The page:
Let’s talk ovals

Testing the track at a Doncaster primary school

Testing the track at a Doncaster primary school

Last week you would have received a notice about an open forum to discuss the ‘School Oval Redevelopment Master Plan’ on Wednesday 11th June at 7pm, at the school.

The Buildings & Grounds sub-committee (B&G) have investigated a range of options for the management of the school oval and will present research undertaken for the three most relevant options at this stage (ranging from ‘do nothing’ to new synthetic or grass surfaces). B&G are open to other options which may end up warranting a similar level of investigation and all options are being considered in relation to broader school priorities, fundraising and a long-term, holistic plan for the oval

I asked the B&G sub-committee to give us a little more information about some of the options being considered for the oval. This week, Stewart Waters, convener of the B&G sub-committee and dad to Tom in grade three and Freddy in grade two, gives us his thoughts on synthetic surfaces. Continue reading

I’ve got a new name for Voluntary Contributions and I’m sure it will catch on


Right about now, you’ll be a receiving a reminder letter about Voluntary Contributions. It’s well timed (because June 30*, people).

I’d quite like to rebrand ‘Voluntary Contributions’. Yes, they are ‘voluntary’. Yes, they ‘contribute’ to the school’s budget. But what the name doesn’t reveal is this: that State Government funding does not provide all the funds needed to run a school. That the things that make a school a comfortable and fun place to be (such as new library books, cooling in the junior school building and the whiz-bang Apple TVs) rely on Voluntary Contributions.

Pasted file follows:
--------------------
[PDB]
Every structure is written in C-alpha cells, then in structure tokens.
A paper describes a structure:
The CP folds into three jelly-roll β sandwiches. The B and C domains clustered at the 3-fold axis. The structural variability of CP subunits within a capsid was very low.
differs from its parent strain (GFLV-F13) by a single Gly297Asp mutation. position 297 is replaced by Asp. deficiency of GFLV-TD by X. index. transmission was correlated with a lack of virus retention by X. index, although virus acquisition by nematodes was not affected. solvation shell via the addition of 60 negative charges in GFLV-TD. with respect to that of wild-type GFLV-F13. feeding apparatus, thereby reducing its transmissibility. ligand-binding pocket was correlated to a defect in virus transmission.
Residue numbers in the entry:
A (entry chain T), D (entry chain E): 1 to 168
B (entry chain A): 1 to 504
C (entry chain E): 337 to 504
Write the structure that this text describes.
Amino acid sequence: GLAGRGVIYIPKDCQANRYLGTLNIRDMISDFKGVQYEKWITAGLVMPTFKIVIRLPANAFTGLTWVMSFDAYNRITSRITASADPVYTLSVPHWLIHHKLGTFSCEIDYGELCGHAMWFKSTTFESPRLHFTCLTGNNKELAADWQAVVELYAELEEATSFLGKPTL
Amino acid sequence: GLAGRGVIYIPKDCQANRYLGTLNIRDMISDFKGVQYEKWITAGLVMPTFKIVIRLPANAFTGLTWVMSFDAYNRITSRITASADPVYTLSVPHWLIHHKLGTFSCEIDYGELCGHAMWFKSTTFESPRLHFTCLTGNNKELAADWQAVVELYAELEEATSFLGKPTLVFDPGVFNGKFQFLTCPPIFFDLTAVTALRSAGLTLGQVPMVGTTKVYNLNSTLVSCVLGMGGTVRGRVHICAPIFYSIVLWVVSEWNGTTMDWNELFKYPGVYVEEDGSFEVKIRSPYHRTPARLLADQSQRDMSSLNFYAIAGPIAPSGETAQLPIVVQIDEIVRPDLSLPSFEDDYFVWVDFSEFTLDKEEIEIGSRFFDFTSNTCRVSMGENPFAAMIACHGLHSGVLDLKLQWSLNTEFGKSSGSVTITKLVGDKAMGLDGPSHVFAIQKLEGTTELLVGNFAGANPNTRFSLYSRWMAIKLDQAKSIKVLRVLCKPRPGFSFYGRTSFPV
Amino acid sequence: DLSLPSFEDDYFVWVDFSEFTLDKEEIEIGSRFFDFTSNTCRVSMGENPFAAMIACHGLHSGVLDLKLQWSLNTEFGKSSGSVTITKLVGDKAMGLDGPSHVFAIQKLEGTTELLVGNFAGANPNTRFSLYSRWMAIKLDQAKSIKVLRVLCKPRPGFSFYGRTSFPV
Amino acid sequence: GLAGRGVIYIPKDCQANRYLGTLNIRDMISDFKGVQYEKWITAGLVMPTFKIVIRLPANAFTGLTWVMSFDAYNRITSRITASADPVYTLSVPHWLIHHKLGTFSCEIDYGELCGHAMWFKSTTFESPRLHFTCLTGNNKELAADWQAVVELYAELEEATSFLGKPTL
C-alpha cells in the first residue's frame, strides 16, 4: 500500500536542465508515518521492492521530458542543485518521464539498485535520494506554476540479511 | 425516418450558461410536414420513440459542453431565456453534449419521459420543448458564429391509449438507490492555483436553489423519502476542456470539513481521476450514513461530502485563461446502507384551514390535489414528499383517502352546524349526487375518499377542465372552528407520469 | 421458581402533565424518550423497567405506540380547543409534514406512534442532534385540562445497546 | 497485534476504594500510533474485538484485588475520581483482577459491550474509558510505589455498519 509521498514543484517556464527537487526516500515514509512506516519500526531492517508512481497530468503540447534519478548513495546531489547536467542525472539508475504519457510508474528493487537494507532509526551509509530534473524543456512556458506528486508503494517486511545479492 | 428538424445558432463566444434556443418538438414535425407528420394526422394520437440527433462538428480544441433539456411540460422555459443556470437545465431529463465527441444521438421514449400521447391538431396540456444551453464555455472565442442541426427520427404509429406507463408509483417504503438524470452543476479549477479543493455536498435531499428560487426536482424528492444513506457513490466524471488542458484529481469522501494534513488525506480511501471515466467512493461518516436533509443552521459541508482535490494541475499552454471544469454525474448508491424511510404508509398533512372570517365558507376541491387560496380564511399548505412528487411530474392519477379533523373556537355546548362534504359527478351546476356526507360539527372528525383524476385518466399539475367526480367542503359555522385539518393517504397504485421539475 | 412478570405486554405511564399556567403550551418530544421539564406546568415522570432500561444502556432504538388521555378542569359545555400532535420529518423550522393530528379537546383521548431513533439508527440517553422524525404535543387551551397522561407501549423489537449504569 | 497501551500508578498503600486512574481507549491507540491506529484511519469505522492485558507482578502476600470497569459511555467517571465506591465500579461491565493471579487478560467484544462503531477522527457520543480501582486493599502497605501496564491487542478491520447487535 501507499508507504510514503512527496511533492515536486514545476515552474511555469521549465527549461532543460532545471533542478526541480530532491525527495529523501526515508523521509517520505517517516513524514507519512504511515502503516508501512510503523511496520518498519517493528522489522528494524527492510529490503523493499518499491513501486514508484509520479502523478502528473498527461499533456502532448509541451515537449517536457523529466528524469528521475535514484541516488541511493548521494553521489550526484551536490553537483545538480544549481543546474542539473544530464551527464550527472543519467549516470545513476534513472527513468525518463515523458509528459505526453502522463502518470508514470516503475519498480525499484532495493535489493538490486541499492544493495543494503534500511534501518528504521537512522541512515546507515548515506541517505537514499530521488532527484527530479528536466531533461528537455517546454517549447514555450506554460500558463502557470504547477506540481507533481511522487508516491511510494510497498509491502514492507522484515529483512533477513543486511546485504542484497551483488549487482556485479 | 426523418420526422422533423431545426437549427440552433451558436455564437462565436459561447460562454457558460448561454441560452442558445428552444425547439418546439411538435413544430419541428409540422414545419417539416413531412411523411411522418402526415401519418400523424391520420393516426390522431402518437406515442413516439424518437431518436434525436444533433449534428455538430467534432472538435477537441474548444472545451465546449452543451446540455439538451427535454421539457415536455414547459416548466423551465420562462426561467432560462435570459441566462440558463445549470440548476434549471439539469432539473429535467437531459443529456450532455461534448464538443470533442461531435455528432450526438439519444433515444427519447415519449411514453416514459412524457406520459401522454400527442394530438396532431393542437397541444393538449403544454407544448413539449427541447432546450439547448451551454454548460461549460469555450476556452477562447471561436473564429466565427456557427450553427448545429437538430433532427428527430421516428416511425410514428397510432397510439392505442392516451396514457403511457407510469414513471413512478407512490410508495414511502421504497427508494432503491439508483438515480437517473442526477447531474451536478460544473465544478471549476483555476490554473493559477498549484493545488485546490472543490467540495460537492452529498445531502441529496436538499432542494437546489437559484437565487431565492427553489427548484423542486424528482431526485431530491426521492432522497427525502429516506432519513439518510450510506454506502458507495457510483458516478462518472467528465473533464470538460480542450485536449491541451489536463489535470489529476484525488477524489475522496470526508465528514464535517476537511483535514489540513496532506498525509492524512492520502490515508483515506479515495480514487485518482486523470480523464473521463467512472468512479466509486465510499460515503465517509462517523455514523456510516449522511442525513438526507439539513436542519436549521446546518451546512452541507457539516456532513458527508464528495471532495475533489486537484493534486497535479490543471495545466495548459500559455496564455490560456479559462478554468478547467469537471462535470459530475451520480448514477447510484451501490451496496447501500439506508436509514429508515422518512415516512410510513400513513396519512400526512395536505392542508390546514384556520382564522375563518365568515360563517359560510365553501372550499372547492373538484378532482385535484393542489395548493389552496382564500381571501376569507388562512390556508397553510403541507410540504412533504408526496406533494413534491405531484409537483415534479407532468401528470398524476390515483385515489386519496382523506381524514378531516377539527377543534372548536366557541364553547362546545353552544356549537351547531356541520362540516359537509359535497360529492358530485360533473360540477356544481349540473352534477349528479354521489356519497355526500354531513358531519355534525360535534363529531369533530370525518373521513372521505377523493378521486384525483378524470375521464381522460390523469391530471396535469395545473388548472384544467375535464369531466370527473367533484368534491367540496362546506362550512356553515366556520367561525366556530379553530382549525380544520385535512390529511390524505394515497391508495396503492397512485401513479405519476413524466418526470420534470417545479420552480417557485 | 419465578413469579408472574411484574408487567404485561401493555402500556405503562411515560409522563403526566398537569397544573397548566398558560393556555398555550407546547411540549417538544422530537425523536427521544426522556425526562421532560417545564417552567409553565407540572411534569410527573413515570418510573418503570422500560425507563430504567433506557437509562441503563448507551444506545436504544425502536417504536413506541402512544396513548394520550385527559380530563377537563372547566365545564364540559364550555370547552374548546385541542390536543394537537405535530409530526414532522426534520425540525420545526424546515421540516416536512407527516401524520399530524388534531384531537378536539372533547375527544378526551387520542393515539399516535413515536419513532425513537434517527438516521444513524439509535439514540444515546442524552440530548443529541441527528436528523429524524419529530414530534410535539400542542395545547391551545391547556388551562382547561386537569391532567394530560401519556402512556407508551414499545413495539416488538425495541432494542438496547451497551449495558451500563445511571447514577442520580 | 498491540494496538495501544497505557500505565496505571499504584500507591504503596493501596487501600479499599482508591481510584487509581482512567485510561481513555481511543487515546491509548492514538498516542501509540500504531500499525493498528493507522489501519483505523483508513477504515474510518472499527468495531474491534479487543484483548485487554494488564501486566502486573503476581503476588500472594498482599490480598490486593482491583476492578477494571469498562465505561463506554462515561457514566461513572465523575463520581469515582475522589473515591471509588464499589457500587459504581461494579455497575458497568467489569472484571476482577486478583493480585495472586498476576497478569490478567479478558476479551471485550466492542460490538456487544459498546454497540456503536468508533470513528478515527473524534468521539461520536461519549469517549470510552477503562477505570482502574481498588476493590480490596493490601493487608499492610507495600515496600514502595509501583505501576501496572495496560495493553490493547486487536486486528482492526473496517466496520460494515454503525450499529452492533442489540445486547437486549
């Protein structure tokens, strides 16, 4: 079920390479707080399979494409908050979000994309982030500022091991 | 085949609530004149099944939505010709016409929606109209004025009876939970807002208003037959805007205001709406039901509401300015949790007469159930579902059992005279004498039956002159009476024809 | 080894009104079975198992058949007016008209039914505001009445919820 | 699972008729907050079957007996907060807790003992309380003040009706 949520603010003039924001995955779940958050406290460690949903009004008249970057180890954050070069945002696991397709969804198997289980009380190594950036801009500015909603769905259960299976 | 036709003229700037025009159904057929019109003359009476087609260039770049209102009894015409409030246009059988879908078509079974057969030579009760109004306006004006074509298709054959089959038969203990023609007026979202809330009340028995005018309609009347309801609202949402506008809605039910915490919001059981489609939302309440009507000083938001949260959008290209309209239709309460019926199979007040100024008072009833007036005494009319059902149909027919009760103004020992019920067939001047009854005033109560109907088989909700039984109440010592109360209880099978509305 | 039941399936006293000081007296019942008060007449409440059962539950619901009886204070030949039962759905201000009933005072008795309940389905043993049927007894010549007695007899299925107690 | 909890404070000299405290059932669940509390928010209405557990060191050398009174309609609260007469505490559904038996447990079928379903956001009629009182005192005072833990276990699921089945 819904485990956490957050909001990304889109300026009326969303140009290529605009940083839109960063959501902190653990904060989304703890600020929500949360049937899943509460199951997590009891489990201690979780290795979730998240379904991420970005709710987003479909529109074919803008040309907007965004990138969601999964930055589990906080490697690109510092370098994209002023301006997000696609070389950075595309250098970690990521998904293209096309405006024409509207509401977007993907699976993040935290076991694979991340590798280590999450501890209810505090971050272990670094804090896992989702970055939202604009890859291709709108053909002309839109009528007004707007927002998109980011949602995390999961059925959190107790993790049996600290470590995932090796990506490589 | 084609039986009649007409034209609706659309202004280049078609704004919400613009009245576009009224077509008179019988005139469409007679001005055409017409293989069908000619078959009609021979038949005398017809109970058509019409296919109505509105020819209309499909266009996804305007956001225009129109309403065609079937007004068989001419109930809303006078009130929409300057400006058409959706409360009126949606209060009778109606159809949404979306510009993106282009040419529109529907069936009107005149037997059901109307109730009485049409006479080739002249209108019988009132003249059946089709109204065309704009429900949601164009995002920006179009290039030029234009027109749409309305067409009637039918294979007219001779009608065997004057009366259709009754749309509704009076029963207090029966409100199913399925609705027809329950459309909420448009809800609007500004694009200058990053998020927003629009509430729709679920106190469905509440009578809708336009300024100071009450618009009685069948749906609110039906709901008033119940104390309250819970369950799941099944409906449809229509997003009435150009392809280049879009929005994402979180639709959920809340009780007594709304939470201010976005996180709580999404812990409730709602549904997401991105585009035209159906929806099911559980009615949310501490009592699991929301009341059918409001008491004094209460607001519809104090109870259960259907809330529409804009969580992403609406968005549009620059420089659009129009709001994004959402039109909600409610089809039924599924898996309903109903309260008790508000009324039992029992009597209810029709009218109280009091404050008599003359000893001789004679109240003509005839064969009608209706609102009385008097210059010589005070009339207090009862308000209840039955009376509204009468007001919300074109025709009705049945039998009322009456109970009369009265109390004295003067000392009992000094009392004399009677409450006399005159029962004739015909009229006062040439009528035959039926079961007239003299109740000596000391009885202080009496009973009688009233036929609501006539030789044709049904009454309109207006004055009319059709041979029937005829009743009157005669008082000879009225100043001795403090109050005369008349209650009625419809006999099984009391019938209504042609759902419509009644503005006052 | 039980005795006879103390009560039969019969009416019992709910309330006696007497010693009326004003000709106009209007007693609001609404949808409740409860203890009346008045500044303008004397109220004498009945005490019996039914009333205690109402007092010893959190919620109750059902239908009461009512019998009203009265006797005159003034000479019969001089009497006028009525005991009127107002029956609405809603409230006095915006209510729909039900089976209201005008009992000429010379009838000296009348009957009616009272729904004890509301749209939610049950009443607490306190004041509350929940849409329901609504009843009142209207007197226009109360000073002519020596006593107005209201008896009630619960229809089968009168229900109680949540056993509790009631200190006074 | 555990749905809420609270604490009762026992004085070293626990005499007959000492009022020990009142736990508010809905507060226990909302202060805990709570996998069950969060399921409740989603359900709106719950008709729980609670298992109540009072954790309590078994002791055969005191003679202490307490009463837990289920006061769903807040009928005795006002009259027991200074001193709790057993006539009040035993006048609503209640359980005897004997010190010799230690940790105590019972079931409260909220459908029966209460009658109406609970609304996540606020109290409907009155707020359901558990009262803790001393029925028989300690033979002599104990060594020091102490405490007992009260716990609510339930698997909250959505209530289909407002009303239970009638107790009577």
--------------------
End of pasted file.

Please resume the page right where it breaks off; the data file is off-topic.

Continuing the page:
So I’m thinking of an alternative name for Voluntary Contributions, something along the lines of ‘A Really Important Contribution That’s Put Toward Really Good Stuff for Your Kids and Although it’s Voluntary, it Would Be Really Good if You Paid it Promptly, Please’. I think it has a nice ring to it but accept it may require some editing… Continue reading

Where in the world is Katie?

Salt Pools

Salt Pools, Bolivia

At the beginning of the year, grade one teacher, Katie Braemar, traded the classroom in Kew for hiking boots and a very big adventure. So far, Katie’s travels have taken her from Rio de Janeiro and Bolivia to Buenos Aires and Argentina and she has kindly shared some of the details of her trip with us.

Confession: as soon as Katie’s email arrived, I put my Jealous Hat on (there is such a thing!). The pictures are spectacular and it sounds as if she is having an amazing time – I’m sure the kids will be excited to hear more details when she returns.

So, hot off the press from Bolivia, this is what Katie had to say – Continue reading

Mother’s Day all wrapped up


“Curl everything!” Maria cried, as I wrestled ribbon around a tricky-to-wrap miniature watering can (I became an expert ribbon-curler after helping wrap gifts for the annual KPS Mother’s Day stall).

This year, Alex St Claire took a behind-the-scenes peek at the Mother’s Day stall, in all its ribbon-curling, cellophane-wrapped glory and offers a few gift buying tips to families new to KPS –

Watching the children of Kew Primary School enter the Junior School Hall – wide eyed at the bright and beautiful array of Mother’s Day gifts – melts my heart every year.
The determination to find the perfect gift for their mum is written all over their face as they weigh up the cost of the gift, what mum would like and their own need for lip gloss or chocolates.

If you are yet to experience the joy of the Mother’s Day gift stall, here is what you need to know. Continue reading